Tom Green County

Sheriff's Office, Crisis Intervention Unit

3005 North Chadbourne, San Angelo, Texas

(Next Door to the North Branch Library)

(325) 658-3921


Volunteers Wanted!

      Training Materials


History of Family Violence


What is a Crisis?


Safety Plan

Family Violence

Sexual Assault

Date Rape Drugs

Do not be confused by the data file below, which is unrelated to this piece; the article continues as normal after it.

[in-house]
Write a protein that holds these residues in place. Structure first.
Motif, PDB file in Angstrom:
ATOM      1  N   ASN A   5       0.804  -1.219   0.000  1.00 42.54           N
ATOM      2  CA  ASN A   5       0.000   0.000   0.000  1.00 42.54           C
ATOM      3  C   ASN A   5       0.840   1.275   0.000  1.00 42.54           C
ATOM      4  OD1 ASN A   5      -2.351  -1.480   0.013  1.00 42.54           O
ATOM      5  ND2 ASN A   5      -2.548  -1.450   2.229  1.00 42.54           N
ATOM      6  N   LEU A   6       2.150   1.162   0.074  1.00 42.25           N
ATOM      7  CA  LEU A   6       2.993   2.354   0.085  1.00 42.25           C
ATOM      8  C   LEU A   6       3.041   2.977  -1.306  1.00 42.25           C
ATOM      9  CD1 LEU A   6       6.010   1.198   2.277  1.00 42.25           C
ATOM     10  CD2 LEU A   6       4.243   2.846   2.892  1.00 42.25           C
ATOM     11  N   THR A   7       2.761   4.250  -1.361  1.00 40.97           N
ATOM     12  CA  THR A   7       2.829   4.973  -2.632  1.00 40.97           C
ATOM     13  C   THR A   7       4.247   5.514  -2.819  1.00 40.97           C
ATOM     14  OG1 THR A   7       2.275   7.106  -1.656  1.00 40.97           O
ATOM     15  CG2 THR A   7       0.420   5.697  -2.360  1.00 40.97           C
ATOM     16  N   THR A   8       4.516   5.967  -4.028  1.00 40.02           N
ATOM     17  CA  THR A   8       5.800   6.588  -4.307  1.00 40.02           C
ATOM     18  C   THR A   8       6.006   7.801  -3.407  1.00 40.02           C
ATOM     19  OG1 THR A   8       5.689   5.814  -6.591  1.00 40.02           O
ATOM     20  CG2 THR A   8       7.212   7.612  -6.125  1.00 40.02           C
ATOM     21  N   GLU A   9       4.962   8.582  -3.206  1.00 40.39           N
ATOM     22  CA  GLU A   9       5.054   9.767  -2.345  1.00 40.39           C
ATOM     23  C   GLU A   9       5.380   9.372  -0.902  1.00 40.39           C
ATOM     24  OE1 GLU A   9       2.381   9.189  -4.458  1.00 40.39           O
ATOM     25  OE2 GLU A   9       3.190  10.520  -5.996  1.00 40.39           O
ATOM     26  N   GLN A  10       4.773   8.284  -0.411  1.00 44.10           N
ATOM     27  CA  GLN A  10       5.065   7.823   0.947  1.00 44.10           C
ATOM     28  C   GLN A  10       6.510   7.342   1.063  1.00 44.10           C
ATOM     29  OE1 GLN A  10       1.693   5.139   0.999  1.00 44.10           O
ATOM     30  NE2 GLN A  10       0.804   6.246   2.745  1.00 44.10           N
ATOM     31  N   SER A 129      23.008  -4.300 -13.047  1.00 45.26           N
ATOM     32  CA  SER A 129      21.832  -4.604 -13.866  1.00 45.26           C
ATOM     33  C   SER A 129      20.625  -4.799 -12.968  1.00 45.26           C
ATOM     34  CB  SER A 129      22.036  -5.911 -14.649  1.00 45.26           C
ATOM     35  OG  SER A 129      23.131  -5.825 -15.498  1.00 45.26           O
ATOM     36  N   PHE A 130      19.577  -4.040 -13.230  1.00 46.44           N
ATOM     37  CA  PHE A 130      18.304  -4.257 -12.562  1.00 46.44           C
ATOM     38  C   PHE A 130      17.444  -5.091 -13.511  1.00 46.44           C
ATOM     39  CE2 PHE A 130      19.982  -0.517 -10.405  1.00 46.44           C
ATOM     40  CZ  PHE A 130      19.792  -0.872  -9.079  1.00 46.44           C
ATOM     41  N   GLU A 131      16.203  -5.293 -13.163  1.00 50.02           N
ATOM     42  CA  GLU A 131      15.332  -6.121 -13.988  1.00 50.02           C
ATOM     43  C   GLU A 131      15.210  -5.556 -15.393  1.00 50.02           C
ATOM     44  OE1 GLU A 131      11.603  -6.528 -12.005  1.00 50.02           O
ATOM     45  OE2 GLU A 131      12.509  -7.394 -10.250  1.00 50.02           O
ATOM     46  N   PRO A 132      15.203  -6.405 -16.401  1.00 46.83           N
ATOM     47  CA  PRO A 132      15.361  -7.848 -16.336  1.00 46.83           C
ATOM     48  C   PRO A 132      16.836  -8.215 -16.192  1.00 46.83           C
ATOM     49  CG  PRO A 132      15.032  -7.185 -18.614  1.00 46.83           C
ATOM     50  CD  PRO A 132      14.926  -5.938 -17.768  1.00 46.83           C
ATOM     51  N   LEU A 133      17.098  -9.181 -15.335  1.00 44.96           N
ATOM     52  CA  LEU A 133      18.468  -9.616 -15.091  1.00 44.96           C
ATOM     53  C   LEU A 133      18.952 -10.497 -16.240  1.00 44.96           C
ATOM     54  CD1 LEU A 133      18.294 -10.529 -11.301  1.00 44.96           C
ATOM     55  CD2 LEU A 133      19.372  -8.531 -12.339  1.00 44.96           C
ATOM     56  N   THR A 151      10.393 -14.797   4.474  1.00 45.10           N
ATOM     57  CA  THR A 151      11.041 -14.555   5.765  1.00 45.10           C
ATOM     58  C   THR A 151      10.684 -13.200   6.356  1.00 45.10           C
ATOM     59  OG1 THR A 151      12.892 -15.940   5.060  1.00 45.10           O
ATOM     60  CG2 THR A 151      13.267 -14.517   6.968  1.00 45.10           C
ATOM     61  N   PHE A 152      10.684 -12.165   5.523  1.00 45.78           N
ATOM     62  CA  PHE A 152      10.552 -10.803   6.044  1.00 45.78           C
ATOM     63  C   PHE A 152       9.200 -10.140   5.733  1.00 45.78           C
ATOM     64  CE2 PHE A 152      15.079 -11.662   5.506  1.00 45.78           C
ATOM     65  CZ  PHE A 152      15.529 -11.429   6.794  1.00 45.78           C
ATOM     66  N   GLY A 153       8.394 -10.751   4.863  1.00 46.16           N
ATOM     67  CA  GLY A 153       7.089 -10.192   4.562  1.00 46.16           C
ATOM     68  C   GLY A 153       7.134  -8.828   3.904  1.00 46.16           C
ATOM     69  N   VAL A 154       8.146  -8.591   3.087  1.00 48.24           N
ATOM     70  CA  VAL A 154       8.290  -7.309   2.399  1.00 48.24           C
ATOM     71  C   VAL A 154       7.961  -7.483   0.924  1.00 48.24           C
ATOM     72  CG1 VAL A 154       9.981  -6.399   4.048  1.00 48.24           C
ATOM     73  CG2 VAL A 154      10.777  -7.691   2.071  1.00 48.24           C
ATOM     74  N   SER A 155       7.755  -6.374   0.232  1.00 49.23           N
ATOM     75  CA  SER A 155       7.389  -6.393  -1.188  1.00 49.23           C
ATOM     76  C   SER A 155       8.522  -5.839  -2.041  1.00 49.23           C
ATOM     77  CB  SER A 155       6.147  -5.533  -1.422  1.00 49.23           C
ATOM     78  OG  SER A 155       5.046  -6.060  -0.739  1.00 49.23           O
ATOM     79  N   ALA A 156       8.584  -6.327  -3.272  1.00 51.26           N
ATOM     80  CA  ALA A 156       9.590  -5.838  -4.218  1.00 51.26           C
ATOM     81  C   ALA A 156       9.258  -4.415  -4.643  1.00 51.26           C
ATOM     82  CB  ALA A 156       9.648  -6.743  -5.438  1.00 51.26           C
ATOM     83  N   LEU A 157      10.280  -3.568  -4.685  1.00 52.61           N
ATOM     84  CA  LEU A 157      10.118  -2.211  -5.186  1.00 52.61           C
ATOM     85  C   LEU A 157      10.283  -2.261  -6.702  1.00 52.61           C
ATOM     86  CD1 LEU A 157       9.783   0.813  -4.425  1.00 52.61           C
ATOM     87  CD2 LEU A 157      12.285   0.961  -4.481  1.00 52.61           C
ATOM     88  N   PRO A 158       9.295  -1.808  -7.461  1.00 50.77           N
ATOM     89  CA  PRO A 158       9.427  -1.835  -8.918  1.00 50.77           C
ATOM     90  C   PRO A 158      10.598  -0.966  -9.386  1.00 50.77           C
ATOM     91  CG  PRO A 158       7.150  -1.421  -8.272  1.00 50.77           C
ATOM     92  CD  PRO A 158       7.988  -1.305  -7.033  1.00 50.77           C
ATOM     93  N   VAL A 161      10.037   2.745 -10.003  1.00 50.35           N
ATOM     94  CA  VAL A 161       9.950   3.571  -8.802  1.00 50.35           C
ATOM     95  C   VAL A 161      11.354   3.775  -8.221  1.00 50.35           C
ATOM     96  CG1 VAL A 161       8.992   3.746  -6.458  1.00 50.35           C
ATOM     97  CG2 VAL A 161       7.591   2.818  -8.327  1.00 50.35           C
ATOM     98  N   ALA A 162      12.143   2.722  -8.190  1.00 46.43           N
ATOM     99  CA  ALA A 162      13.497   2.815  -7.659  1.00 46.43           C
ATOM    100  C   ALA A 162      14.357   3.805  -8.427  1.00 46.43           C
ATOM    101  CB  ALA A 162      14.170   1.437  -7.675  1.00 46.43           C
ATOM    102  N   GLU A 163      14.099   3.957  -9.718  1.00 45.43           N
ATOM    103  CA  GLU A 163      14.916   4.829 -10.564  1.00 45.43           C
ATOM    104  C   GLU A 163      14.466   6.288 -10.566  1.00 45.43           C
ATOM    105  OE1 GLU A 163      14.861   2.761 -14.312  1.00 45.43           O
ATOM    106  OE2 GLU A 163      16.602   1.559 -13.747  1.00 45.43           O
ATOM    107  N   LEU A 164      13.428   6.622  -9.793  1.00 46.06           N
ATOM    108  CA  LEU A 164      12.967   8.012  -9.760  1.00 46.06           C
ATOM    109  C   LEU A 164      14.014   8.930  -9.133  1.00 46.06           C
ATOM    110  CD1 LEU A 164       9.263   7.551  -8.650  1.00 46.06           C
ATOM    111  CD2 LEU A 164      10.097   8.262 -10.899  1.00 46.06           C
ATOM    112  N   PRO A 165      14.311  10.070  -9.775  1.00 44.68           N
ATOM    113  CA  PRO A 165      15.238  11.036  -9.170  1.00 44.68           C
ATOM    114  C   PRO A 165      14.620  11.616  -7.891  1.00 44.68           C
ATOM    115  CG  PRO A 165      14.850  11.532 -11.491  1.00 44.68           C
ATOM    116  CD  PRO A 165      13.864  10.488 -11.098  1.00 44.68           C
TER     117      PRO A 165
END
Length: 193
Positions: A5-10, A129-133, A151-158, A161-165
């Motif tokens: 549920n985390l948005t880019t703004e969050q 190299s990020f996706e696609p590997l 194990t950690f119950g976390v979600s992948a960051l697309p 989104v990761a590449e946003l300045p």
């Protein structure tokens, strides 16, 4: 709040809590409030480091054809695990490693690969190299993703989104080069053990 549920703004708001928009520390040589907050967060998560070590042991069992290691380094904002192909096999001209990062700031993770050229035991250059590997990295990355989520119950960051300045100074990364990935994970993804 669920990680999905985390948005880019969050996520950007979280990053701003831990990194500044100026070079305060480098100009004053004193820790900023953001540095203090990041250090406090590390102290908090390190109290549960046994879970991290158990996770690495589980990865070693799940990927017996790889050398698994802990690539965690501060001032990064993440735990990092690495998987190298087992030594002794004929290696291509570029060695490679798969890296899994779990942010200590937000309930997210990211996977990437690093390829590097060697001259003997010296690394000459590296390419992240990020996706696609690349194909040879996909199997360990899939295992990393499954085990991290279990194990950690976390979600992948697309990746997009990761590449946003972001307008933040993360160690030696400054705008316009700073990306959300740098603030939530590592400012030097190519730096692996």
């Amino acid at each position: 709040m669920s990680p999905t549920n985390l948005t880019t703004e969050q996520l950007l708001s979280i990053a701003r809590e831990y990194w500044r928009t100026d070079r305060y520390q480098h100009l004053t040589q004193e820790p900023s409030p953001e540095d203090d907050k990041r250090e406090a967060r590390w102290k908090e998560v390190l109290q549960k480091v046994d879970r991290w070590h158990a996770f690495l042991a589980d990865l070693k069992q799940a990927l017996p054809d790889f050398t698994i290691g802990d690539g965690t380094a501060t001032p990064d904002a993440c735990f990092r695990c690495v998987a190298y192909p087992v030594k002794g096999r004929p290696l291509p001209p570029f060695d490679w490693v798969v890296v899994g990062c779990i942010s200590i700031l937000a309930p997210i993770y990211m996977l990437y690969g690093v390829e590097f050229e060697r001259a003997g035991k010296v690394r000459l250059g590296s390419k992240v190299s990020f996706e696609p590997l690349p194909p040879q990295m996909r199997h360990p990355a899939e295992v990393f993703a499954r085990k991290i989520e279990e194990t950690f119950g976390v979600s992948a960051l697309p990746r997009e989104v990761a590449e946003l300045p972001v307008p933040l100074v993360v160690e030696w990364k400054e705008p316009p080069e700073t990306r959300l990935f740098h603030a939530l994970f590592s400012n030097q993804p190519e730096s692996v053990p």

Martha White McWhirter, founder and leader of the Belton Woman's Commonwealth, was born on May 17, 1827, in Gainesboro, Tennessee, the daughter of a Jackson County planter. In 1845 she married George M. McWhirter, an attorney and farmer. The McWhirters moved to Bell County, Texas, in 1855, and settled first on Salado Creek, near the site of present Armstrong. Nine or ten years later they moved to Belton, where George McWhirter operated a store and had an interest in a flour mill. The McWhirters had twelve children, only six of whom survived. Martha McWhirter had joined the Methodist Church in Tennessee at the age of sixteen, and in Belton she and her husband helped establish the interdenominational Union Sunday School, to which they remained loyal even after the community acquired a Methodist congregation in 1870. She also led a women's prayer group that met weekly in the members' homes. In 1866, after the deaths of her brother and two of her children, she began to believe that God was chastising her. After a prayerful night she had a vision that convinced her that she had been "sanctified," or filled with the Holy Spirit. She shared her revelation with the women in her prayer group, and other members began to pray successfully for sanctification. Mrs. McWhirter's deepening commitment to unorthodox religious views eventually caused a serious rift in the community. Many of her growing band of female followers were unhappy in their domestic affairs, and she herself accused her husband of making improper advances toward a servant girl. She claimed to have had a revelation in which the sanctified were instructed to separate themselves from the undevout, and consequently directed her followers to continue to perform their household duties while minimizing social contact with their husbands and abstaining from conjugal relations. Eventually the women began to leave their homes to live and work communally. As the McWhirter house began to fill up with "Sanctified Sisters," George and Martha separated permanently. Without her husband's permission she had a house built for a homeless sister on one of his lots, claiming that the money she had brought to their marriage gave her a moral right to the property. Despite his anger George did not interfere when the women continued to build houses; he defended his estranged wife against critical townspeople and left her his estate when he died in 1887. While still living with her husband Martha McWhirter had avoided asking him for household money by marketing eggs, butter, and baked goods. As the financial planner for the Woman's Commonwealth she directed her followers in a variety of enterprises that made the group financially secure in a relatively short time. The Sanctificationists' economic success helped dissipate much of the town's hostility, and McWhirter became the first woman elected to the city Board of Trade. She contributed to the community fund to help attract a railroad to Belton, and her name appeared on the cornerstone of the Belton opera house. She continued to lead the Woman's Commonwealth even after the members retired from business in 1899 and bought property in Washington, D.C., and Mount Pleasant, Maryland. She died in the Washington area on April 21, 1904.